“The right of citizens of the United States to vote shall not be denied or abridged by the United States or by any state on account of sex.”
The revolutionary declaration written 244 years ago, proclaiming that “all men are created equal,” maintains that a true democracy must be based on an individual’s right to vote and the freedom to exercise that power at the ballot box. Since 1998, women voters have embodied that concept, achieving a majority vote with higher rates than men. Of registered women voters, 55% went to the polls in 2018, compared to only 51% of registered men. Yet today women account for only 23.2% of the members of the U.S. House of Representatives and 26% of the U.S. Senate.
History of Women’s Fight for a Vote in the United States
In 1848, Elizabeth Cady Stanton proclaimed at the historic Seneca Falls Convention, “It is the duty of the women of this country to secure to themselves their sacred right to the elective franchise.”
Some took exception, saying, “Why, Lizzie, thee will make us ridiculous!”
Despite opposition, the measure passed the assembly, and Cady Stanton reasoned, “I persisted, for I saw clearly that the power to make laws was the right through which all other rights could be secured.” Nevertheless, the U.S. Congress would not ratify the right for women to vote for several decades.
In 1868, the U.S. Congress ratified the 14th amendment to the Constitution. In part, it reads:
“All persons born or naturalized in the United States, and subject to the jurisdiction thereof, are citizens of the United States and of the State wherein they reside. No State shall make or enforce any law which shall abridge the privileges or immunities of citizens of the United States.”
Yet women were still legally barred from voting, and in 1872, one leader in the abolition and temperance movements also became a pivotal advocate for women’s suffrage. Susan B. Anthony dared to cast a ballot in that year’s presidential election. To her surprise, her ballot was accepted at the polling station. But two weeks later, she was arrested for breaking campaign laws and fined a steep $100. On August 18, 2020, President Trump finally gave Anthony a posthumous full pardon.
Subsequently, in the 1874 Supreme Court case Minor v. Happersett, the court ruled against Missouri resident Virginia Minor, who sued the local registrar of voters, Reese Happersett, for denying her right to vote in the presidential election because she was not a man, an explicit qualification. The Supreme Court ruled that neither the U.S. Constitution nor the 14th amendment granted the right to vote to anyone specifically and that only the U.S. Congress could expand that law. The ruling upheld the verdict barring women from voting.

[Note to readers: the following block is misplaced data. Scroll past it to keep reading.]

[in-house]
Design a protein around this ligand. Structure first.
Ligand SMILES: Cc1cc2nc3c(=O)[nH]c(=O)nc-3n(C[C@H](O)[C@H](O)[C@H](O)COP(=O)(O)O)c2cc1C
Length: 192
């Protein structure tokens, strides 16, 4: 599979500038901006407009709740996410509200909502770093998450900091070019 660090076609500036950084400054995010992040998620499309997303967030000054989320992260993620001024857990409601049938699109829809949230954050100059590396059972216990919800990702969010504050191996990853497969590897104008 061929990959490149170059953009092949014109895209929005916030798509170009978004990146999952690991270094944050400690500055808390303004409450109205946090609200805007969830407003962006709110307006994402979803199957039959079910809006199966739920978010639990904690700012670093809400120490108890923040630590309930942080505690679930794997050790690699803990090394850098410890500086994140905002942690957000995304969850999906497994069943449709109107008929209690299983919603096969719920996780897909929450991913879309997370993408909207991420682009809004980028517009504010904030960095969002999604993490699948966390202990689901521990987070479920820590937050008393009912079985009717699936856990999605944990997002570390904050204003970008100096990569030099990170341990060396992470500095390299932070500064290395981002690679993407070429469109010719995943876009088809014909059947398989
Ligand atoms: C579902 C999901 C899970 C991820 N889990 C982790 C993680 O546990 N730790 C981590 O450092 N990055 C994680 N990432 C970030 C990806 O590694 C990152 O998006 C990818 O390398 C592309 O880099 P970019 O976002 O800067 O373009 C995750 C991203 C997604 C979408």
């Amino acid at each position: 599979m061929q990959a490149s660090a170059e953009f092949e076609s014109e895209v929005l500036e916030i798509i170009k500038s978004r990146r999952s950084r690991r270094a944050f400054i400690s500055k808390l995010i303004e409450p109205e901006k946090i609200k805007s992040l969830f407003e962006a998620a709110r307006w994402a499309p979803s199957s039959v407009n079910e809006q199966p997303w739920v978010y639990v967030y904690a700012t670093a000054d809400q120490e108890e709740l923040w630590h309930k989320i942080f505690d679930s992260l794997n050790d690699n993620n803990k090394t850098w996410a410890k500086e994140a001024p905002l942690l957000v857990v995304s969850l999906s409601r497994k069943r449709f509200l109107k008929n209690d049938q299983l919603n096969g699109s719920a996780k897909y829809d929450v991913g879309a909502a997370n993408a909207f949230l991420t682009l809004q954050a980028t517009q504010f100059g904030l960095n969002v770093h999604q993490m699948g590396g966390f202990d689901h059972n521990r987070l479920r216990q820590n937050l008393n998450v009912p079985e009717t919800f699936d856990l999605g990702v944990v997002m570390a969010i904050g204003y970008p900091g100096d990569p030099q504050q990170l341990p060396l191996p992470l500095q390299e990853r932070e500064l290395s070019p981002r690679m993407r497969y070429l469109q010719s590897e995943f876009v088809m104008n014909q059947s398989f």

The Supreme Court defined the crux of the case in its ruling:
“Being unanimously of the opinion that the Constitution of the United States does not confer the right of suffrage upon any one, and that the constitutions and laws of the several States which commit that important trust to men alone are not necessarily void, we affirm the judgment.”
Anthony pressed for the cause all her life. In 1905, the 86-year-old met with President Theodore Roosevelt and made the case for the nation’s need of a constitutional amendment granting women full suffrage.
It Started With Success in the States
After meeting repeated failures, the women’s suffrage movement changed tactics and began to seek victories in state legislatures. In 1870, the territory of Wyoming gave women the right to vote. Twenty years later, when it was granted statehood with the provision that it must revoke that license, Wyoming replied, “We will remain out of the Union one hundred years rather than come in without the women.” Wyoming formally became the 44th state of the union that year.
By 1900, Utah, Colorado, and Idaho had also granted women the right to vote and other states soon followed. Washington state adopted women’s suffrage in 1910 and California in 1911. By the 1912 presidential election, Oregon, Kansas, and Arizona passed similar voting rights laws, and for the first time in politics, a national political party—Teddy Roosevelt’s Bull Moose Party—adopted suffrage as a formal position at its convention. And in 1916, Woodrow Wilson added suffrage to the Democratic Party platform.
Responding to the national trend, the U.S. Congress began drafting legislation in 1919, to enact women’s suffrage. Even so, amending the Constitution requires two-thirds of the state legislatures to pass similar legislation, which didn’t occur until 1920 when Tennessee passed a law during a tie-breaking vote by 24-year-old State Representative Harry Burn. He switched in favor of ratification after a letter from his mother said to “be a good boy” while he considered this important issue.
The 19th amendment stands out as the single largest extension of voting rights in U.S. history and was achieved peaceably through the democratic process.
Honor These Courageous Women—and Men—With Your Vote
Regardless of political ideology or party affiliation, ONS encourages its membership to vote. Earning the right for women to vote was a hard-won battle, and as in so many aspects of advocacy, getting a seat at the table is only the first step. By now, these seats have been warmed for a full century, thanks to the historic courage and sacrifice of women and men alike who blazed the trail for us today. In the year marking the 100th anniversary of the women’s suffrage movement, exercise your privileges and immunities at the polls this November and vote to honor those who stood up, spoke up, and showed up.